Notice the bike of my ‘target’ (2nd in Hawaii) has rolled out already, smooth transition, perfect running mount and up the road. Pass 2 people fixing flats in the first 200m! The smaller swim wave means that I’m not setting off with the usual crowd of nearly fast fellas but rather neat line of riders. This makes passing a bit of a technical and tactical game – requiring quite hard surges to ensure that the manoeuvre can be completed in 30 seconds, whilst avoiding cutting in or slowing too much once the pass has been made. Positions’ changing frequently, this makes for a constant effort and good pace. We are accompanied by motorcycle race ref for the first 20 km or so. I’ve been warned about drafting penalties and their not-quite-random distribution by the local refs. Advised to race in non descript, and preferably German, race kit, I’m sorry not to be flying the Tri London flag, but note there are a number of others who’ve been given similar advice as guys of all nationalities are sporting German team kit! 20 minutes up the road we enter Frankfurt, and the start of the 2 main laps. I’m pretty hungry already, and eat more than my planned amount in the first hour. My feeding strategy is 100 cal (half a bar) every 40 min, which I will supplement with the sports drinks from feed stations along the course. Better to get ahead early I think, though, rather than pay later.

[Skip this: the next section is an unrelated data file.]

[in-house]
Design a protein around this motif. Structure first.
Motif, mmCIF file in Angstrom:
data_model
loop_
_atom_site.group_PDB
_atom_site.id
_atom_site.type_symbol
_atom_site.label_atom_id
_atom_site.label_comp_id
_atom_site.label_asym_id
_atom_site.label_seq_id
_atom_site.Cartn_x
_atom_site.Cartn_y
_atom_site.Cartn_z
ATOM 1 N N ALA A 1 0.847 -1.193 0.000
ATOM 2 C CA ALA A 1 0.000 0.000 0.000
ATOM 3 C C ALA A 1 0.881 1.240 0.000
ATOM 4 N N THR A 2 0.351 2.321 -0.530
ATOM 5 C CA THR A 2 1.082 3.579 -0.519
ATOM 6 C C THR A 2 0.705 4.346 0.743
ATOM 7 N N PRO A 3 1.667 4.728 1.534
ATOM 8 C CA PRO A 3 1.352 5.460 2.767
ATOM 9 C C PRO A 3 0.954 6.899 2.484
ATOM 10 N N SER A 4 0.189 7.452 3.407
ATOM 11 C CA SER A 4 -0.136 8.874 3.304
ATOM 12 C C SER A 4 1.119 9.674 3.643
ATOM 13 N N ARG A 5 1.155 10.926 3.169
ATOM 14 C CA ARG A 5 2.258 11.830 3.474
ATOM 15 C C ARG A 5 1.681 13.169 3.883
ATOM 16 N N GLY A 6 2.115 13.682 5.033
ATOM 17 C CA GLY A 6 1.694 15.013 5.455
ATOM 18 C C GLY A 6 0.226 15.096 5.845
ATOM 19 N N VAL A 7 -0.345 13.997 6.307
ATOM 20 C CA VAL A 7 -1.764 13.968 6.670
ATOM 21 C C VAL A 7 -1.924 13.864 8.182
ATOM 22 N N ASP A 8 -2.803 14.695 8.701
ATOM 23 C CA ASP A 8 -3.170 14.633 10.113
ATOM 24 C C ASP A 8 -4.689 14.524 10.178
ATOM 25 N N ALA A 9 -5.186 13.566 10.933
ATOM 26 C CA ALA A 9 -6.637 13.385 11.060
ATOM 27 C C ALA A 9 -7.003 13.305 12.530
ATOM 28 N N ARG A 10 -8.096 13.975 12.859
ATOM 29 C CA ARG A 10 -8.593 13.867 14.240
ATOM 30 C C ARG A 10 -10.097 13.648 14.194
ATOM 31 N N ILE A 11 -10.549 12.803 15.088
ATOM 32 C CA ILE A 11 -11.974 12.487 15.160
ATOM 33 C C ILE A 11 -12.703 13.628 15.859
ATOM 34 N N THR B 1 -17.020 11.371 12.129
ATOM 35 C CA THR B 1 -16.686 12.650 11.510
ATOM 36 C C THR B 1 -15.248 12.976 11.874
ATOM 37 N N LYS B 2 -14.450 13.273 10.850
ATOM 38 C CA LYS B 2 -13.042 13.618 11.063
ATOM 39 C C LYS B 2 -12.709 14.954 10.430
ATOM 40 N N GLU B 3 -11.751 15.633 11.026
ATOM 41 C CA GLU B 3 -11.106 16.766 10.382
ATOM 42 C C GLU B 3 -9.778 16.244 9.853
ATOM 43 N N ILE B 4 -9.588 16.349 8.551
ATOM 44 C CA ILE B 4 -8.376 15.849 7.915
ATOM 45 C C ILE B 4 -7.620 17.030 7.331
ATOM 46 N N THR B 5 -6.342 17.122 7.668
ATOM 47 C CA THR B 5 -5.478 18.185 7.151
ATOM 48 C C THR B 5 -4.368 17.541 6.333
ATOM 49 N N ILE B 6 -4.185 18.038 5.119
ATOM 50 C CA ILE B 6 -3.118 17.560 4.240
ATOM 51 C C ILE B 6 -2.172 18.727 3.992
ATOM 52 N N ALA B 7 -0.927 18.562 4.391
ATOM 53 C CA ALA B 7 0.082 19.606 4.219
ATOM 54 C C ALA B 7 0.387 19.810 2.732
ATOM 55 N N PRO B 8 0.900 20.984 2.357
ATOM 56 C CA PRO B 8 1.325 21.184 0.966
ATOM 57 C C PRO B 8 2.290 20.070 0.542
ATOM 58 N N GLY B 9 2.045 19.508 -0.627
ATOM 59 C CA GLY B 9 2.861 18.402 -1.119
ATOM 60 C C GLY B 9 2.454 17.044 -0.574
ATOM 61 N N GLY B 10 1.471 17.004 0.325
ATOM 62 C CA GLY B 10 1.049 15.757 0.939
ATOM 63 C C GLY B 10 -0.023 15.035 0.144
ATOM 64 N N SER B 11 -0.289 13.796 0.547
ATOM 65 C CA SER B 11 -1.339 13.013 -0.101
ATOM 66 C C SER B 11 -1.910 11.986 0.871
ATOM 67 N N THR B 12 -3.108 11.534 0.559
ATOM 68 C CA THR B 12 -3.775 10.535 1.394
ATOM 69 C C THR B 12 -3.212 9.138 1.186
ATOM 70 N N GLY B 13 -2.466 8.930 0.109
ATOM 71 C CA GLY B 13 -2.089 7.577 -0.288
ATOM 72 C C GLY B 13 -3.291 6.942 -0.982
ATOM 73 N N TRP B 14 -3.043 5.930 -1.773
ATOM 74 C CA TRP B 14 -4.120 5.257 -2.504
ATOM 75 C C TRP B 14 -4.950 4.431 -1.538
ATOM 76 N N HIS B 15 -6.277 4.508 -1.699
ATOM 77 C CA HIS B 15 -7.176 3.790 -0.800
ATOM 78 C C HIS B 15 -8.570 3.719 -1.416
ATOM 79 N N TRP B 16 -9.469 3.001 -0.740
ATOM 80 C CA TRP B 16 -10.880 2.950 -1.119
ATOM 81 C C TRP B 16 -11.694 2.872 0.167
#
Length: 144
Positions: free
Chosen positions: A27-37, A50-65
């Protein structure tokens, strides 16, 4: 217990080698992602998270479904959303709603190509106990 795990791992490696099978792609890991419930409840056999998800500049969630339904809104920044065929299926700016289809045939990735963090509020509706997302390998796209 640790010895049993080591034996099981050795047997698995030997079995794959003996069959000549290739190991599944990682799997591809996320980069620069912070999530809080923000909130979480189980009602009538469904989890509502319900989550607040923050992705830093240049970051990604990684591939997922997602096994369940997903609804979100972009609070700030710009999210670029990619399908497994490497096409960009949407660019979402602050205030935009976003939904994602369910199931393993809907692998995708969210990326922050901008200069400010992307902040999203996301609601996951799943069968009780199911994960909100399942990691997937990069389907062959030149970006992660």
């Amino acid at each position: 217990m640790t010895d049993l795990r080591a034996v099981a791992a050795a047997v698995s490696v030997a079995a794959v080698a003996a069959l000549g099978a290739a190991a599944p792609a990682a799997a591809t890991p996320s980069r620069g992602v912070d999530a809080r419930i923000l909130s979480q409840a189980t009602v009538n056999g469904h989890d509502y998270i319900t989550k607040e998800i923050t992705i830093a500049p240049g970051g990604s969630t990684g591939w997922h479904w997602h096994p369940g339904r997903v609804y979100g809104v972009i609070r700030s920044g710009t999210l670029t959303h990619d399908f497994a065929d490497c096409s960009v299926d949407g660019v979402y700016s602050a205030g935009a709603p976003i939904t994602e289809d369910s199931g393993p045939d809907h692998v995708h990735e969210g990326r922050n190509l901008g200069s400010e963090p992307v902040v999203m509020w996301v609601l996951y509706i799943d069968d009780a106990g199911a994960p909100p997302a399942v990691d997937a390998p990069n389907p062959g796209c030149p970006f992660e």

I soon catch up to one of the girls in my age group and so begins the cat and mouse game that will see us through the first lap- switching positions, each ensuring that not too many riders get in between causing a loss of contact. Being a little bigger than me, she’s stronger on the flats whilst I pass her on the inclines. The course is dominated by flat or slightly down hill riding, and she is the stronger rider on this course. I’m hurting but think that I must stay connected – it’s too early to let her go. Whatsmore, I am ahead of my target pace and feel pretty sure that we are riding in 2nd and 3rd position. Shortly before the end of the first lap, the leading age group woman comes into view. I can’t believe it! She’s not had the psychological advantage of riding with her immediate competitor never far away, so has perhaps been taking it a little easier than we have. Seeing me ride past though seems to give her a kick up the backside, and as I begin to feel the heat, the two of them manage to shake me off on the descent back into Frankfurt for the start of the final lap. I’m toasted and have 50 miles to go!! Luckily I see my Mum and sister, forcing a brave face and a bit of a boost at this point, but I do not manage to re-establish sight of the two girls ahead. SuperJo has left the building, leaving RegualrJo to fend for herself and suffer the strong winds which build up though the afternoon, without much grace. I lost 11 minutes on the second lap, the negligible hills seeming like mountains and my shoes are digging into my Achilles tendon – a little worry about the run seeps into the back of my mind, but I’ve convinced myself that fro all their power on the bike, these girls will not be able to out run me. Can’t let that go – concentrate on getting through each 40 minute interval on the bike, focus on the moment and enjoy the experience. Exchange a bit for banter with boys who all seemed to be called either Andreas and Thomas, and make the most of the constant crowd support as we ride through the small villages around the course, which are all lined with locals giving it some with various bells, whistles, horns, rattles, kitchen implements and of course free flowing beer. The most notable moment of the day, riding the harsh cobbled hill through the town of Maintal Hochstadt, named ‘The Hell’ for the occasion, the PA system is blasting Eddie Grant and ‘Gimme Hope Joahnna’ – massive grin I’m out the saddle almost feeling the bike is pulling me up the hill, singing along as the crowd see my name on the number belt and realize the significance of the song. I know that these moments will get me through tough training sessions in the future, so I absorb and lock the sensations into my memory.